After many sleepless nights, the following year von Neumann decided to take leave from the Institute and to accept a five-year term on the AEC, where at times he acted for the chairman Lewis Strauss. During this time, a pain in his shoulder revealed cancer of the bone. He had to cancel the Silliman Lectures at Yale on "The Computer and the Brain," but he continued to work-even harder. He died at the age of fifty-three.

Von Neumann had extraordinary mental abilities: he was fast thinking, fast talking, fast moving, and he had a photographic memory. His intellectual work was prodigious. Yet he was a man of the world, not a recluse. He knew many people and liked to gossip about them-a raconteur. Von Neumann was a bon vivant; he had a large residence with fine china and good silver. His house was a social center in Princeton, and he enjoyed the night-life of cabarets. He was urbane and cosmopolitan. Johnny was friendly and likeable; he was jovial and had a good sense of humor (including double-entendres and dirty limericks). He was never condescending, ever accessible, and always had a warm smile. Although he did not personally like J.R. Oppenheimer, he publicly defended Oppenheimer's national actions. There was, however, some arrested emotional development, such as an insensitivity to the feelings of women and a lack of sentiment. He advocated unlimited atomic testing, regardless of the hazards of fallout; in his case, possibly due to the insecurity of his Hungarian background with its internal anti-Semitism and its external Soviet pressure.

Von Neumann published about 150 papers, of which 130 were in mathematics. In 1954 he indicated that his most significant mathematical ones were on the theory of operators, a rigorous formulation of quantum mechanics (including Heisenberg and Schr6ndinger presentations), through the use of the Hilbert space and a proof of the quasi-ergodic theorem in statistical mechanics. His general approach was from the standpoint of axiomatization.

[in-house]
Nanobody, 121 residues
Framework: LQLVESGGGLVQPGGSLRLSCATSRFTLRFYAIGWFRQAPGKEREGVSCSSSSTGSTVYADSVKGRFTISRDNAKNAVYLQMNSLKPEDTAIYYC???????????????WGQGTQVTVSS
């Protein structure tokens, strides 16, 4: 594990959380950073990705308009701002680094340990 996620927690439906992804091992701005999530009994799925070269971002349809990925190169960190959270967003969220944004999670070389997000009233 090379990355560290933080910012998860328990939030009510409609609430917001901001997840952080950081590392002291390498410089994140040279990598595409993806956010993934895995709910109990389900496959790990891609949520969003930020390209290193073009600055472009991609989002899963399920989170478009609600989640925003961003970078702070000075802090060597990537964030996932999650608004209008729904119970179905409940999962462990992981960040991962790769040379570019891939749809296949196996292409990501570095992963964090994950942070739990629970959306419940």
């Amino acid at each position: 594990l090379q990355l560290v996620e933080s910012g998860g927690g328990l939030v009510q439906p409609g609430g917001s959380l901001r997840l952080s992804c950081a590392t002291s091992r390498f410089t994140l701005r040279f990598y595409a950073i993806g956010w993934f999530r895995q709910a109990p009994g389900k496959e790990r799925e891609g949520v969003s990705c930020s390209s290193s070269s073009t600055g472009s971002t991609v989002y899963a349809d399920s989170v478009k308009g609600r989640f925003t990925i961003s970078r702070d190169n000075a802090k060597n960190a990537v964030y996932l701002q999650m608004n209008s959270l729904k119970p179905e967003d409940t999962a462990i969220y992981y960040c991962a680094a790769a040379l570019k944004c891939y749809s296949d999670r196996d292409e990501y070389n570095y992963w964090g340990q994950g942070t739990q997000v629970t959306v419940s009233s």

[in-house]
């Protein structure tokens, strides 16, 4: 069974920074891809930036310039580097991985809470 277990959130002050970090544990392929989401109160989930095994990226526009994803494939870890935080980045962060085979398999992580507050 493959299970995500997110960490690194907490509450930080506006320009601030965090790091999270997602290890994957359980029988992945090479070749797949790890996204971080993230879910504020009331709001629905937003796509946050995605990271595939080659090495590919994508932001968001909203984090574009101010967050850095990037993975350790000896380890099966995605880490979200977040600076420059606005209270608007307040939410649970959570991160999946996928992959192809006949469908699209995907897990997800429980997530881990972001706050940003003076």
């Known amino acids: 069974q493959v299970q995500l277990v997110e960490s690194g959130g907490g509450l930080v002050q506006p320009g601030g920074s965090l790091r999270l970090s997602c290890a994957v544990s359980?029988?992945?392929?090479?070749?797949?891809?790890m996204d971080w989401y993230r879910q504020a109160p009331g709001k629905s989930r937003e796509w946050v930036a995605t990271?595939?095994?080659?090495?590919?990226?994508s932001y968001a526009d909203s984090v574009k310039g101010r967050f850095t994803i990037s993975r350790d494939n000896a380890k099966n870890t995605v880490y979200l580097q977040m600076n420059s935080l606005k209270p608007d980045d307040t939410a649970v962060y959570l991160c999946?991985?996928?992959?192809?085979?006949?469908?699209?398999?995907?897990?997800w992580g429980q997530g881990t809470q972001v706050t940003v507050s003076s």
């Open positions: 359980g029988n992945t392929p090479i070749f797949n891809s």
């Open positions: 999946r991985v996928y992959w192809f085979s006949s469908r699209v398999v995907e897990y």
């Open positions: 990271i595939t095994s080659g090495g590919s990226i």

Jacob Bronowski, a mathematician collaborator of von Neumann, regarded von Neumann's two outstanding creativc contributions to be his theory of games (cL, the minimax theorem, 1928) and his logical design of calculating machines (cL, the MANIAC). He used the latter for solving the dynamical equations of air motion with respect to weather phenomena.

Von Neumann said in his autobiographical The Mathematician ( 1947): "The most vitally characteristic fact about mathematics is, in my opinion, its quite peculiar relationship to the natural sciences." As a collaborator of his on the theory of shockwaves (a nonlinear phenomenon), I assisted in searching how nature itself solves nonlinear equations. Later, we used numerical analysis for what he called "experimental mathematics," i.e., to seek solutions for simple models with the hope of identifying corresponding analytical functions.